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Hartselle Enquirer

My Home State

One night I was at a concert in downtown Nashville and a band I had never heard before was opening for the artist I had gone to see. After about three songs, I turned to my friend and said, “These folks are from west Tennessee.” I make no claims to be a prophet, mind you, it was just something in the music that tipped me off. Somehow the mud from the Mississippi River finds its way into the music of folks from out there.

Once you get a few hours East of the Father of Waters, things change drastically. Instead of the sound of barges and the echoes of monstrous floods reverberating off the cliffs, you begin to hear steel guitar and fiddle tunes floating along the breeze. By the time you make it to Nashville, you’ve left the rock-and-roll swagger of Memphis behind and found yourself in the shadows of grand universities that lead folks around there to call that city the Athens of the South. It’s the place where the world’s greatest musicians migrate to in order to make something of themselves. And it’s the place where they sweep broken dreams off the street to make room for all the tourists looking for a night out on the town.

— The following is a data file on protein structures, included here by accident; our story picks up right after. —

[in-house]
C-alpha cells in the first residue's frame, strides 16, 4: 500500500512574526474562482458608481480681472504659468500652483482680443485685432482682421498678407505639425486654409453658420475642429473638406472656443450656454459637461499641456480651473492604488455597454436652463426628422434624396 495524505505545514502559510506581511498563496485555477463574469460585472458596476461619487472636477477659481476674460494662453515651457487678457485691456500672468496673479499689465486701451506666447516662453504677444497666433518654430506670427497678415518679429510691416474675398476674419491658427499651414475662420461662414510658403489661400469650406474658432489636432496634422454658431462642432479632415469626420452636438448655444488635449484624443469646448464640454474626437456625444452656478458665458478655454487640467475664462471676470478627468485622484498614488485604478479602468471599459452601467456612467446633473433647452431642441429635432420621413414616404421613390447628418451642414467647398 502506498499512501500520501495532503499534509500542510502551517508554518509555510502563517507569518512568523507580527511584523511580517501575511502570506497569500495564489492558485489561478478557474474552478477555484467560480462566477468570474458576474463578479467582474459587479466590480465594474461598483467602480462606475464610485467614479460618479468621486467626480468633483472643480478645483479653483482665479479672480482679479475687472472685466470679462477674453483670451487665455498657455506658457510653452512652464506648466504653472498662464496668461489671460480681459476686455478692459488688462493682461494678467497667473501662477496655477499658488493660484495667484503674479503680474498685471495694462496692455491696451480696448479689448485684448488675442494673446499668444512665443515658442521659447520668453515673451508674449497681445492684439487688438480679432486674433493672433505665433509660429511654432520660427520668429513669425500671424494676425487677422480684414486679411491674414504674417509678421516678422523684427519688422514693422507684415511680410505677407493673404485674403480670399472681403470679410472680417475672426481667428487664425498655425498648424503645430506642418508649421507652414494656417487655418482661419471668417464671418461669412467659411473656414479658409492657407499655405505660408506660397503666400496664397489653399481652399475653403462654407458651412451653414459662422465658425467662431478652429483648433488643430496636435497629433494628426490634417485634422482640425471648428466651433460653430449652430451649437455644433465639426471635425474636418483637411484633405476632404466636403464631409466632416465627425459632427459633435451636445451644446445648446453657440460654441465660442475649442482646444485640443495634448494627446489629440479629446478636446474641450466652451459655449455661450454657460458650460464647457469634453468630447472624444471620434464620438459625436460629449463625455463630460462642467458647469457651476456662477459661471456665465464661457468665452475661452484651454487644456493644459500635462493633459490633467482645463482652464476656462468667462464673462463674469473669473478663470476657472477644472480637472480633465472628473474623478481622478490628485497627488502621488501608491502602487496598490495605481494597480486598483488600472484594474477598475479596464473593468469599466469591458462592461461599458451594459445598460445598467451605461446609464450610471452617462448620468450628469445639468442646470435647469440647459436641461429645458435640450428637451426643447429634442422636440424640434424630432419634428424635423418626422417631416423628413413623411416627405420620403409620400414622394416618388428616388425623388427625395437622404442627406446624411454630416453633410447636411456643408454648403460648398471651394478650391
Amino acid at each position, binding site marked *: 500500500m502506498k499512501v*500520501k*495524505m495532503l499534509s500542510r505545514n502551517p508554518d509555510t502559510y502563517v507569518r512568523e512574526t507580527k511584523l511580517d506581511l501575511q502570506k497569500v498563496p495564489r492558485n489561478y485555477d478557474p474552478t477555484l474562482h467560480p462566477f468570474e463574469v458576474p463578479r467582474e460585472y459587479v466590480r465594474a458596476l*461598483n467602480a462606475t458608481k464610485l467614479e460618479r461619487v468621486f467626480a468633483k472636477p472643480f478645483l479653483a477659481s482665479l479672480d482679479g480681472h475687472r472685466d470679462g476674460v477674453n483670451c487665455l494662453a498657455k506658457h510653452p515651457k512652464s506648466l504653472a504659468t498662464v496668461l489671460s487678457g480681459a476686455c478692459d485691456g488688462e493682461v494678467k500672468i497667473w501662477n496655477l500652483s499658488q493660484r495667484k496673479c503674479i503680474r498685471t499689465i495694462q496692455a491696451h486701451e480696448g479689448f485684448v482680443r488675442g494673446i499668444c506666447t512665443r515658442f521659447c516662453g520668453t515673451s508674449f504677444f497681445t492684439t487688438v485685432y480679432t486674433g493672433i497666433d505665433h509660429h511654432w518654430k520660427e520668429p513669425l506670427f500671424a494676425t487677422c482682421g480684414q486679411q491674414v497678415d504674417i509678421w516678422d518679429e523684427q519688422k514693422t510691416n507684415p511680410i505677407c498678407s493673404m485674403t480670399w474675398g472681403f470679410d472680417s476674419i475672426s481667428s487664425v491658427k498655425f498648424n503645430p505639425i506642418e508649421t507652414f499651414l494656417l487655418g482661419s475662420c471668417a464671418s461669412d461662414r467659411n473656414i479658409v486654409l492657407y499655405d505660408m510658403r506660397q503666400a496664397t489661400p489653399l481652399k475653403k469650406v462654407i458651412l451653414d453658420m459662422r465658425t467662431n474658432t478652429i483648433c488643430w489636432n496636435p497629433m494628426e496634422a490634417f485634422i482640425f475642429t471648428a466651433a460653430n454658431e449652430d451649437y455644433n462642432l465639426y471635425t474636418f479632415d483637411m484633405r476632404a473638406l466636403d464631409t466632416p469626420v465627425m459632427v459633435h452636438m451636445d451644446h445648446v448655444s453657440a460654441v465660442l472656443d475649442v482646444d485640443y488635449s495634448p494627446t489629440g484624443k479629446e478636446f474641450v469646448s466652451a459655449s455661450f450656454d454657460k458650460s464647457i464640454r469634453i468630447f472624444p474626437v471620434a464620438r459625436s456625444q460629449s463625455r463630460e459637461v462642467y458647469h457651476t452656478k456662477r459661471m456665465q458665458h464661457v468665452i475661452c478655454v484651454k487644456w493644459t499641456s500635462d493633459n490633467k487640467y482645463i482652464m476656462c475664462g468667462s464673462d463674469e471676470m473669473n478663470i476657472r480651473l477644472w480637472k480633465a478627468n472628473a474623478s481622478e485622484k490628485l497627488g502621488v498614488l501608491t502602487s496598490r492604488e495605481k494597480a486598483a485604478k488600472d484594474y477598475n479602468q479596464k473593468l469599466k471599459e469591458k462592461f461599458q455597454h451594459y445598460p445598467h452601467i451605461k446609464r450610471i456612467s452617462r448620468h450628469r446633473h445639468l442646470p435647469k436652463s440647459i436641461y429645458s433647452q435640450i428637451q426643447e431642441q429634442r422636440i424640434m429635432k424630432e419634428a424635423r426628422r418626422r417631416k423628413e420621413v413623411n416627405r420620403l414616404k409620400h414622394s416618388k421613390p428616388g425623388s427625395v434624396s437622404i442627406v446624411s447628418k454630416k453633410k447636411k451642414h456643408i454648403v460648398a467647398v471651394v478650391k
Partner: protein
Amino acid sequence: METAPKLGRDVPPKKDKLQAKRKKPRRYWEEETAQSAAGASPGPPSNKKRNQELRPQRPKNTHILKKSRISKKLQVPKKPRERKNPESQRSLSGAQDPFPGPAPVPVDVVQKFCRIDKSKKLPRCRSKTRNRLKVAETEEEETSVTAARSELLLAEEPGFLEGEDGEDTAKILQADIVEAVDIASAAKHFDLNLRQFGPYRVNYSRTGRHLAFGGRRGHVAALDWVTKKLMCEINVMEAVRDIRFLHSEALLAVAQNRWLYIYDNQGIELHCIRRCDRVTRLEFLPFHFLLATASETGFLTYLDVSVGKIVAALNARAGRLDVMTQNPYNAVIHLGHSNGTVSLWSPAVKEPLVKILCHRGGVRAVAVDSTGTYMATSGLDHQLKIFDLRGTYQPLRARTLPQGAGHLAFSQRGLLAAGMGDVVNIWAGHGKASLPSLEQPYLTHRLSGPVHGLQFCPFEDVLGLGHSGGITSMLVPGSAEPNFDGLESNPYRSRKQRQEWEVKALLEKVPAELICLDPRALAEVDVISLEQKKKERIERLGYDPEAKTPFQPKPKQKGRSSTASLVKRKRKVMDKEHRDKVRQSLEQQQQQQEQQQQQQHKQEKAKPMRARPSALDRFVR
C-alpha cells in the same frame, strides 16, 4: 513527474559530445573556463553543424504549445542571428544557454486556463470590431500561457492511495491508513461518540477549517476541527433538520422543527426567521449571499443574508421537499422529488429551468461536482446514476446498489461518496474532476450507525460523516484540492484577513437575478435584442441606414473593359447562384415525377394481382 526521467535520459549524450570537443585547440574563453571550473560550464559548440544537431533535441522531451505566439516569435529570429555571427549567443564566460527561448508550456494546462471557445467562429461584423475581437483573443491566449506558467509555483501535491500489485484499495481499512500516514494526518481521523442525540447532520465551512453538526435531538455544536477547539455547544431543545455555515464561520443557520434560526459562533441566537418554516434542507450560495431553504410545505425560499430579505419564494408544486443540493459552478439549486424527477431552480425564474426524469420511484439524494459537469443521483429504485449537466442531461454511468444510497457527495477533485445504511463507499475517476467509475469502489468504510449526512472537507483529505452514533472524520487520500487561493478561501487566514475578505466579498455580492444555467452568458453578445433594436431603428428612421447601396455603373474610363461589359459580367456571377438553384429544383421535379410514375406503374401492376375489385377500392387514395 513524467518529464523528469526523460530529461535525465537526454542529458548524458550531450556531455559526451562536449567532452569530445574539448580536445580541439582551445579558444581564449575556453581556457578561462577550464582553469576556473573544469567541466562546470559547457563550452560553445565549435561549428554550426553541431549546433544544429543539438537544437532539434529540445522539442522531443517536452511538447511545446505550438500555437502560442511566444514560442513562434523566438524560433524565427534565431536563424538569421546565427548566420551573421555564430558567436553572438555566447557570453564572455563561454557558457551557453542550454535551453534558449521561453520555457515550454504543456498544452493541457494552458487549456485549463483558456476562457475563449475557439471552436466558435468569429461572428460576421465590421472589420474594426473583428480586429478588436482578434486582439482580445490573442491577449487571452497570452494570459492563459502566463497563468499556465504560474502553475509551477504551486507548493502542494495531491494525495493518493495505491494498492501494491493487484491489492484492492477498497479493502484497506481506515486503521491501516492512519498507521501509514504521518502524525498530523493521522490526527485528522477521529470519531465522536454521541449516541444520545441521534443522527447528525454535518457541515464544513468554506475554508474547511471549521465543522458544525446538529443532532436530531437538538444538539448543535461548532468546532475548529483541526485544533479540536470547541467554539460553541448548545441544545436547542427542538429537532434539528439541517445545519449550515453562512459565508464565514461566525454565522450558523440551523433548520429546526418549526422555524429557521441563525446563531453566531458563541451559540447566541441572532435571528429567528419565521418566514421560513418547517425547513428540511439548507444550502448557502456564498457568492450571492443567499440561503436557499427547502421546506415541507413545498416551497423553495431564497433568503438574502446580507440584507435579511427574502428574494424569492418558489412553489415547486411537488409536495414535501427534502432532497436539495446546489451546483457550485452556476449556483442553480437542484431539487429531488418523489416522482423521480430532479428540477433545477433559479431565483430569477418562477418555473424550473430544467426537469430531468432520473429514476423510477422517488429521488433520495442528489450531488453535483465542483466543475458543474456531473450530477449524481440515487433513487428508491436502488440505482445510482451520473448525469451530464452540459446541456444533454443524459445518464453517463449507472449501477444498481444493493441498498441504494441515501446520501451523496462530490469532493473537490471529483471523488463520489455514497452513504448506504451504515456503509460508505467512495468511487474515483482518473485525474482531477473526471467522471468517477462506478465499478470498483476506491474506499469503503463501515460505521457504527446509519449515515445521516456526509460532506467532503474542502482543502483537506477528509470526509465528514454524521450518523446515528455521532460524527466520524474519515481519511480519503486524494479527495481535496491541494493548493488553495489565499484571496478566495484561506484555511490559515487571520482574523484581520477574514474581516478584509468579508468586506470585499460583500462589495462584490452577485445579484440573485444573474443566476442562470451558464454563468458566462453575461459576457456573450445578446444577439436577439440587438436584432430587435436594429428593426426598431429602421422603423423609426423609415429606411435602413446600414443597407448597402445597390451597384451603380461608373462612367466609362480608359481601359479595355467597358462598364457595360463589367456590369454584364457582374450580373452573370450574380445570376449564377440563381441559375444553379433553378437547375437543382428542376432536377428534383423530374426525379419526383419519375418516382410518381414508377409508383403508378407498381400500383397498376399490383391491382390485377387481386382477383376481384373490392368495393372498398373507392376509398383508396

Drive on another couple of hours, and once you’ve crested a few hills you find yourself in East Tennessee, home of the University of Tennessee and the Great Smoky Mountains. The region is defined by the Appalachian Mountains, which runs from Georgia all the way up to Canada and has a haunting mystique to it. You can drive into those mountains and you might as well be on another planet from Memphis and Nashville.

The three regions are why the Tennessee flag has three stars on it; these three divisions make the state what it is, even if they seem so different. I personally love all three for what they bring to the world, and even though I lay my head down in Alabama and probably will til Jesus calls me to glory, there will always be a part of me that calls that place home.

Eva

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Hartselle

Hartselle students to attend Boys State

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